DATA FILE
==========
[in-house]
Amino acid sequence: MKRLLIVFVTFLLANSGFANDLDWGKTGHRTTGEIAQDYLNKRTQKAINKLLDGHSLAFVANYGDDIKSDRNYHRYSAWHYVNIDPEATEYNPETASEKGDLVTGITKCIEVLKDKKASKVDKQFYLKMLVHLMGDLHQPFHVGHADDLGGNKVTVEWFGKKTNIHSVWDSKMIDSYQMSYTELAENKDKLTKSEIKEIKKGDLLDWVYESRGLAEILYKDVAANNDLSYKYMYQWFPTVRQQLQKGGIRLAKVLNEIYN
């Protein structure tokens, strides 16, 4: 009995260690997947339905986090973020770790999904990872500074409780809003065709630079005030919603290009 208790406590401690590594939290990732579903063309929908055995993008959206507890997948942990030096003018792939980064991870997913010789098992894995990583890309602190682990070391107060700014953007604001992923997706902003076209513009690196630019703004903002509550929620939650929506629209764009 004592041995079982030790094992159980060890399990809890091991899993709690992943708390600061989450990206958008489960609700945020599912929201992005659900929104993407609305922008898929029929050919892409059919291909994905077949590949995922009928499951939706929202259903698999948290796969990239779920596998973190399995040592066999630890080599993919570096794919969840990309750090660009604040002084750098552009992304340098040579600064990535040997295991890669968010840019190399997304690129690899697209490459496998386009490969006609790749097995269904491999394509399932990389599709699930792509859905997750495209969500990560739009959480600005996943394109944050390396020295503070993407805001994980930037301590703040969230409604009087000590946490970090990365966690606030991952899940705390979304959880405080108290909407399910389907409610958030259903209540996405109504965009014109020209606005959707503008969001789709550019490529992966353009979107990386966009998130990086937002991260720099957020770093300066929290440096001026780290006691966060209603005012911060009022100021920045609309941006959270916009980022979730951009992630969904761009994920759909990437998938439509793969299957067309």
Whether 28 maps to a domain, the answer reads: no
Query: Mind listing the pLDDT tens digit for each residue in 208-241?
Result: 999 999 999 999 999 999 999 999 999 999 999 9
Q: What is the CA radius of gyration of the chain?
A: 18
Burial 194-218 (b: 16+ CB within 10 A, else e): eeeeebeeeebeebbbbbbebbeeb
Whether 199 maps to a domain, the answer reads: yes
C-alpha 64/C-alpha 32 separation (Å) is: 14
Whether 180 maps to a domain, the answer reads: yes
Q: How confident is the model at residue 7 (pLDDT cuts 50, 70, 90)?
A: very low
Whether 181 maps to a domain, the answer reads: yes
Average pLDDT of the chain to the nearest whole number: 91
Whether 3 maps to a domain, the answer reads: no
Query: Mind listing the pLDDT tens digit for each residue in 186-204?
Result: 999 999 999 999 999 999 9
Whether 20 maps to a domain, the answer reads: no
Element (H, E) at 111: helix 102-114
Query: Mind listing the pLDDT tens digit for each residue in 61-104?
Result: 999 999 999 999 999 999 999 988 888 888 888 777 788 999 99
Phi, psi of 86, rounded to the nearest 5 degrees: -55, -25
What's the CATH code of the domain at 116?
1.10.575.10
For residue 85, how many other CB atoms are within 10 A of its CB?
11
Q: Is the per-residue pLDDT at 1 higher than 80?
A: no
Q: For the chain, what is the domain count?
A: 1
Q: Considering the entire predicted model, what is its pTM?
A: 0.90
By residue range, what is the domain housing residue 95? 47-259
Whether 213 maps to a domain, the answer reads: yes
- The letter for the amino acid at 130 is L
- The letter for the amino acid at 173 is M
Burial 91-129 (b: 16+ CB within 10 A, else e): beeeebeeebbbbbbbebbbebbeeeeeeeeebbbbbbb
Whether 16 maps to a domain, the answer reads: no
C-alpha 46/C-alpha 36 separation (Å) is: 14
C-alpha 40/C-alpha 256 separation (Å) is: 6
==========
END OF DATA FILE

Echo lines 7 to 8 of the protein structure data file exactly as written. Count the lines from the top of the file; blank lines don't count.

Q: What is the CA radius of gyration of the chain?
A: 18